Jason's tale is three to four thousand years old, set in the generation before the Trojan war, sometime before 1300 BC, but first mentioned three centuries later in the age of Homer.

One of the ancestors of all Fantasy Quest stories, Jason gathers a renowned crew around him (including Hercules) and embarks on an epic journey to find the Golden Fleece. Jason's wicked uncle, King Pelias of Iolkos, has insisted that Jason retrieve the fleece as proof of his worthiness to claim King Pelias's throne.

Wood traces Jason's outward journey from Volos past the Clashing Rocks at Istanbul to Colchis (now Georgia). He recounts Jason's individual adventures along the way and examines the high-level history of each area as they pass through, finding old traditions surviving in cafés and bars, ingrained into the local culture over centuries.

Arriving at Colchis, the Argonauts travel up river towards city of Aia. Wood follows the trail of archaeological sites that lead up that river valley, to the possible location of the Golden Fleece at Mestia -- where sheep fleeces were used to filter stream water and capture gold particles washed down from the mountain.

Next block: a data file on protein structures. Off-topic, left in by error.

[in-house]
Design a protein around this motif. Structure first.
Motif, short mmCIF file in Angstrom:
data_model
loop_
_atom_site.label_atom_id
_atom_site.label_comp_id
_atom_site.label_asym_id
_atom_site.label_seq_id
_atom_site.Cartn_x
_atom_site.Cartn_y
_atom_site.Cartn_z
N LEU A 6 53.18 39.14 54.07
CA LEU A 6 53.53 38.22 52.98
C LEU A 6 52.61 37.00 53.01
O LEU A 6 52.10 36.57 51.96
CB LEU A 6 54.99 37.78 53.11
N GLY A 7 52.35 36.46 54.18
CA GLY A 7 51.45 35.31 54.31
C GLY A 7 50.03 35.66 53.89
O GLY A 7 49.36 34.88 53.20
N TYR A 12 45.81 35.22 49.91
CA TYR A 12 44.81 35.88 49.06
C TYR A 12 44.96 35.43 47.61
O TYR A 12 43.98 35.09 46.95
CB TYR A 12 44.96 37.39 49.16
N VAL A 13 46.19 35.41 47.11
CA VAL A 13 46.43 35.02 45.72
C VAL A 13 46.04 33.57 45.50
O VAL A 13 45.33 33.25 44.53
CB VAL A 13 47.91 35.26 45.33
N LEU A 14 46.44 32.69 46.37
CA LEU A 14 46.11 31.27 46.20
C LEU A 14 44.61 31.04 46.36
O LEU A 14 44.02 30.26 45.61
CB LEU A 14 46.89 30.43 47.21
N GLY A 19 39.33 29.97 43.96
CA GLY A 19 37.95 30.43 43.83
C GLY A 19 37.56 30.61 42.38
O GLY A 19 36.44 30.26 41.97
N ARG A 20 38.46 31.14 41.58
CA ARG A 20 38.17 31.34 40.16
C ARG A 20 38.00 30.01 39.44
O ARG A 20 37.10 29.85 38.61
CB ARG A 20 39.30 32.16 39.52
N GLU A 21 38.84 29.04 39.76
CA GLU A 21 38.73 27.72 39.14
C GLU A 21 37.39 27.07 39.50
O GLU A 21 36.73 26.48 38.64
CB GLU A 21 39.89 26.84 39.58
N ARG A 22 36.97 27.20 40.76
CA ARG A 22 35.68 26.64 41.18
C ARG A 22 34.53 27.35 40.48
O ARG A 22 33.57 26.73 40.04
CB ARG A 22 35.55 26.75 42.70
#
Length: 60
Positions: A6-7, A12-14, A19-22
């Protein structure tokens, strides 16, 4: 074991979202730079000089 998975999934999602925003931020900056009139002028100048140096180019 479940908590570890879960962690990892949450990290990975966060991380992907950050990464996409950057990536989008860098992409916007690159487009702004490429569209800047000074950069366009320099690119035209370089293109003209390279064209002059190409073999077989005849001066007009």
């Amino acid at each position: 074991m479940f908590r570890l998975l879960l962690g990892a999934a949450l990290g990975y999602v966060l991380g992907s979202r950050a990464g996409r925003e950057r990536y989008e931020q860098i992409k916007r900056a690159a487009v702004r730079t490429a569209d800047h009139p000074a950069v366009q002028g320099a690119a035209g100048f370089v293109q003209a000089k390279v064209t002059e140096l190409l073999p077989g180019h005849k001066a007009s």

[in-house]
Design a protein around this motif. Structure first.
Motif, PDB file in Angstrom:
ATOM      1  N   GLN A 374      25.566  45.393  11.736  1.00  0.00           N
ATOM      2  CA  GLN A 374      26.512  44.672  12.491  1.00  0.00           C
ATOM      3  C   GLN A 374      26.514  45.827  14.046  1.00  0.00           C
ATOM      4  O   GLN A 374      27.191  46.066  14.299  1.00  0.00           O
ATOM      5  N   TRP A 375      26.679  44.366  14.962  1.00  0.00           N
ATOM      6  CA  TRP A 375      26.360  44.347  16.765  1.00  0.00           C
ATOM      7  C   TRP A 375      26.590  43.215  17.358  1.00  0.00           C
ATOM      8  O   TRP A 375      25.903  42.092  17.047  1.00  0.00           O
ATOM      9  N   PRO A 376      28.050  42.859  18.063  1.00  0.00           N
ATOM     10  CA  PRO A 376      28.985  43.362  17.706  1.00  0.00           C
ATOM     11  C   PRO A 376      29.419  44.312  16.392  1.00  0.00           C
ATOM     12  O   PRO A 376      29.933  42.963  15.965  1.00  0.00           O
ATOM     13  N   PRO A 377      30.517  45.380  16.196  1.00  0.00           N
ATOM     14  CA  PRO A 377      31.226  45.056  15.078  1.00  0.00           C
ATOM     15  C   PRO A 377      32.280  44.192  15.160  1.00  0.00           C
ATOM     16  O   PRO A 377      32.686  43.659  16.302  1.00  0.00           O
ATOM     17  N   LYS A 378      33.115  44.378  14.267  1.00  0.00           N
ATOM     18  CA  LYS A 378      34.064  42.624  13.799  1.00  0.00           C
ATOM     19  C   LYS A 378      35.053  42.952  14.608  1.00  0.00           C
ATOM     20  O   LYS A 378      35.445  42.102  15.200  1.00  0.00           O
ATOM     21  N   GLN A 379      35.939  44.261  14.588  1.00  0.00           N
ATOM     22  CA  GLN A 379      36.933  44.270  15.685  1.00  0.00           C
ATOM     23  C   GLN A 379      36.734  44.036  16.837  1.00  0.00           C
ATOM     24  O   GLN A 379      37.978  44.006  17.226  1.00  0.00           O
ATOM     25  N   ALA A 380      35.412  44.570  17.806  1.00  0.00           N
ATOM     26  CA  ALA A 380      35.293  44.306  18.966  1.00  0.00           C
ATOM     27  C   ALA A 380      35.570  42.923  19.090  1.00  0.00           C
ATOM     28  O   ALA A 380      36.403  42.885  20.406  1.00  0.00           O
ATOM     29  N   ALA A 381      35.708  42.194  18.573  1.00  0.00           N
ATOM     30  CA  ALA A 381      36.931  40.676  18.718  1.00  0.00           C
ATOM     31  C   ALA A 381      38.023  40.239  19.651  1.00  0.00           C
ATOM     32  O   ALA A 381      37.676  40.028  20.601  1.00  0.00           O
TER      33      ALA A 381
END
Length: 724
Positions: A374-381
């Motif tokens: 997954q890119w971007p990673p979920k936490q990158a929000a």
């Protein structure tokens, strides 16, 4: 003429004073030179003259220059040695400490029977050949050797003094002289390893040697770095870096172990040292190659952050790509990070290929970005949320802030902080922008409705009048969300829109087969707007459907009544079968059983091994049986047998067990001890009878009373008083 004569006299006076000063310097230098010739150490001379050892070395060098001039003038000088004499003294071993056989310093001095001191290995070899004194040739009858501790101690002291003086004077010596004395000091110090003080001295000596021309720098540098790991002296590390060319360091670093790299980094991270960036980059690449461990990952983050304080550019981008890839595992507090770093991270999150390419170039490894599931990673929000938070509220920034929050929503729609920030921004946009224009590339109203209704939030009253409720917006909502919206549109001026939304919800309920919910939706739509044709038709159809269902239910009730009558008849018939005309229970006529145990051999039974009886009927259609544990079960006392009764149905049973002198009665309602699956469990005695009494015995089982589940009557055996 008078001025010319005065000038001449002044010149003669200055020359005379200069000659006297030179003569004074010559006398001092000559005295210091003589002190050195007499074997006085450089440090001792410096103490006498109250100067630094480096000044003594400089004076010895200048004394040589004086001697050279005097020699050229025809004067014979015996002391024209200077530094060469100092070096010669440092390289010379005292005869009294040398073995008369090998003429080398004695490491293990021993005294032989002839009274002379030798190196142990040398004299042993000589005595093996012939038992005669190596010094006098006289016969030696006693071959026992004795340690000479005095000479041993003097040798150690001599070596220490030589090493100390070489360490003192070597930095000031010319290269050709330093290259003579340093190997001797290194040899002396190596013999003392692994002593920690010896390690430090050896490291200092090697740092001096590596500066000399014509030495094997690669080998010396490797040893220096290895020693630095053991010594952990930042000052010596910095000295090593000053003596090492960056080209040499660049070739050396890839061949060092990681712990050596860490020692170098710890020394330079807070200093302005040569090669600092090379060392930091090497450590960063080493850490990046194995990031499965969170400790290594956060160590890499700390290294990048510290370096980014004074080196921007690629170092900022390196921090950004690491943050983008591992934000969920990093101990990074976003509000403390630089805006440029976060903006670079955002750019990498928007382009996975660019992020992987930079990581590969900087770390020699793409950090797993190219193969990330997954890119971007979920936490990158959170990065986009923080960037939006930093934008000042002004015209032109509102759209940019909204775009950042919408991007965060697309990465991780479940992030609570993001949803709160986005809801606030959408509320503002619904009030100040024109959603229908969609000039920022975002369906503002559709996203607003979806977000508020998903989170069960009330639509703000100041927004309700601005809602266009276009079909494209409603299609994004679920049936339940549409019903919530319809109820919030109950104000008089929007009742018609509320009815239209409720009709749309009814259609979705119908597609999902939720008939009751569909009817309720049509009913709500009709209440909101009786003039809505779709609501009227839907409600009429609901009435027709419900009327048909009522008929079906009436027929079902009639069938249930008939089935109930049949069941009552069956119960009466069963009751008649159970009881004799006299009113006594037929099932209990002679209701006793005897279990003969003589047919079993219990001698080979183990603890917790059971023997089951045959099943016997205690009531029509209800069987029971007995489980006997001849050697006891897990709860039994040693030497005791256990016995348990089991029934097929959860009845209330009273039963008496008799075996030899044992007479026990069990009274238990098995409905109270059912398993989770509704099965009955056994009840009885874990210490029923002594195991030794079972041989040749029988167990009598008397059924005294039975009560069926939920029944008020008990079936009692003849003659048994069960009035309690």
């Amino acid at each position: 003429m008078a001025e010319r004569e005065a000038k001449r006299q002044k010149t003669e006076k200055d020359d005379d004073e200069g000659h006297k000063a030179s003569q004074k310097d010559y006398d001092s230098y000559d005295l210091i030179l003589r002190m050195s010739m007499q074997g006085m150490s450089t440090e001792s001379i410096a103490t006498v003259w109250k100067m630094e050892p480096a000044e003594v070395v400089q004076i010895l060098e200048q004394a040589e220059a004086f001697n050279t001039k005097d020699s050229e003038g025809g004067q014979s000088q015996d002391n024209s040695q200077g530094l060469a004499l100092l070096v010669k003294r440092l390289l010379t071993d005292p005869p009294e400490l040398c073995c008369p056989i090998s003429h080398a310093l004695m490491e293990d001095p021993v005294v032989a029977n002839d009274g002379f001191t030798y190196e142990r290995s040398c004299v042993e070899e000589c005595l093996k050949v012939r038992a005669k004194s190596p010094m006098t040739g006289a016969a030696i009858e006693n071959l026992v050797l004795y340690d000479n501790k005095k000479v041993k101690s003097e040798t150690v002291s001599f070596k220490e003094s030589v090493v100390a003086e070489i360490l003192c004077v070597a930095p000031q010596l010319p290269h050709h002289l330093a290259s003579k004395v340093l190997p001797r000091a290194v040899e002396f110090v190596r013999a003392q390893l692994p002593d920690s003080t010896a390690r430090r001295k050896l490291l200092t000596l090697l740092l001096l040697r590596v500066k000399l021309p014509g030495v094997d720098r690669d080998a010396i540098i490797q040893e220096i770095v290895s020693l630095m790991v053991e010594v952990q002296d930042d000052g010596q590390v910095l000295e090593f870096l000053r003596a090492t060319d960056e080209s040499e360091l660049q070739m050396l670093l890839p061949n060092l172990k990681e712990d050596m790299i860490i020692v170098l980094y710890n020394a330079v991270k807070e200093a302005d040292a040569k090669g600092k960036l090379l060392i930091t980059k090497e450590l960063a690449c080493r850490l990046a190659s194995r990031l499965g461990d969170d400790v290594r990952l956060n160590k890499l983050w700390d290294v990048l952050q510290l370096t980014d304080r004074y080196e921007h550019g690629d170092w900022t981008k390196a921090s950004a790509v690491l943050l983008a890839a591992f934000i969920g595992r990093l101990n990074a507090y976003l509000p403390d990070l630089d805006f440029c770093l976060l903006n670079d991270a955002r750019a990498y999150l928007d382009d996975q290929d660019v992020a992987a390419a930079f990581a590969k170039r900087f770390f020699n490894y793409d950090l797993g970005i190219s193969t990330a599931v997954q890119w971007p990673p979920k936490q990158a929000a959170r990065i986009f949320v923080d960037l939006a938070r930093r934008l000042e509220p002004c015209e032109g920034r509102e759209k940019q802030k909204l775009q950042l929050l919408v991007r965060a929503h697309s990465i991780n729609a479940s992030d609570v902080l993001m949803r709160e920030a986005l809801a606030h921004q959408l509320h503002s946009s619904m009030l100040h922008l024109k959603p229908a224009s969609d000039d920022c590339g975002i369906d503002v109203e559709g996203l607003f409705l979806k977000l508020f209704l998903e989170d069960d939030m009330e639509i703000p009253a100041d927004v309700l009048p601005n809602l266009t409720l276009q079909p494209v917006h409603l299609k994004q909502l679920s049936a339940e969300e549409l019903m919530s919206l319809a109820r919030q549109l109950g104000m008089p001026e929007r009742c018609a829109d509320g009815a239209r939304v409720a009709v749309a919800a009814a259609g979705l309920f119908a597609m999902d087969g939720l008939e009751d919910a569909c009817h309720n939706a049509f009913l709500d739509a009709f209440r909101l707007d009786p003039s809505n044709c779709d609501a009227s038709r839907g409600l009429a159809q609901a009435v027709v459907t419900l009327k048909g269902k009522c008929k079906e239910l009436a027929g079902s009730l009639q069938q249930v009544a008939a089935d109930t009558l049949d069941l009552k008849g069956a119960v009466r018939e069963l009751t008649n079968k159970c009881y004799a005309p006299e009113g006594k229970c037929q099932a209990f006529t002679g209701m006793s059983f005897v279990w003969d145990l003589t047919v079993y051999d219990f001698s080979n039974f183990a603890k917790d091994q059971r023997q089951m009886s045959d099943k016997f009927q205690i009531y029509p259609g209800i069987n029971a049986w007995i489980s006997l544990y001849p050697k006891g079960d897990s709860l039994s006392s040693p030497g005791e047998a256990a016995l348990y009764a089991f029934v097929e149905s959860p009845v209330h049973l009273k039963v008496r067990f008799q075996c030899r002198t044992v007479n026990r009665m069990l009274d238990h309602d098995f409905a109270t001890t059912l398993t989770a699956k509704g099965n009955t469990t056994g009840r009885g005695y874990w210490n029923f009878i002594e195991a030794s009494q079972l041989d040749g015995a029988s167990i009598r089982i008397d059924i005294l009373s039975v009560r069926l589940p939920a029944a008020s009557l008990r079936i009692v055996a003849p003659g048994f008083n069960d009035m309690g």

The episode ends with a recounting of the dark side of the story often missed out in the movies. Jason's ultimate destiny is lonely and tragic, and Wood delivers these harsher elements of the tale with compassion, completing the story and rounding off the episode with skill.

The Queen of Sheba

In this, the most convoluted of the four episodes, Wood searches numerous locations looking for the Queen of Sheba, the ruler of Ethiopia -- or so the stories say.

The Queen of Sheba first appears in the Old Testament. She came to visit King Solomon bearing both gifts of frankincense and myrrh, and hard questions to test his wisdom. After some clever shenanigans, Solomon and Sheba fall in love and she bears him a son called Melenik. Solomon converts Sheba to the Christian faith, and when she returns home her entire kingdom starts to worship The One True God.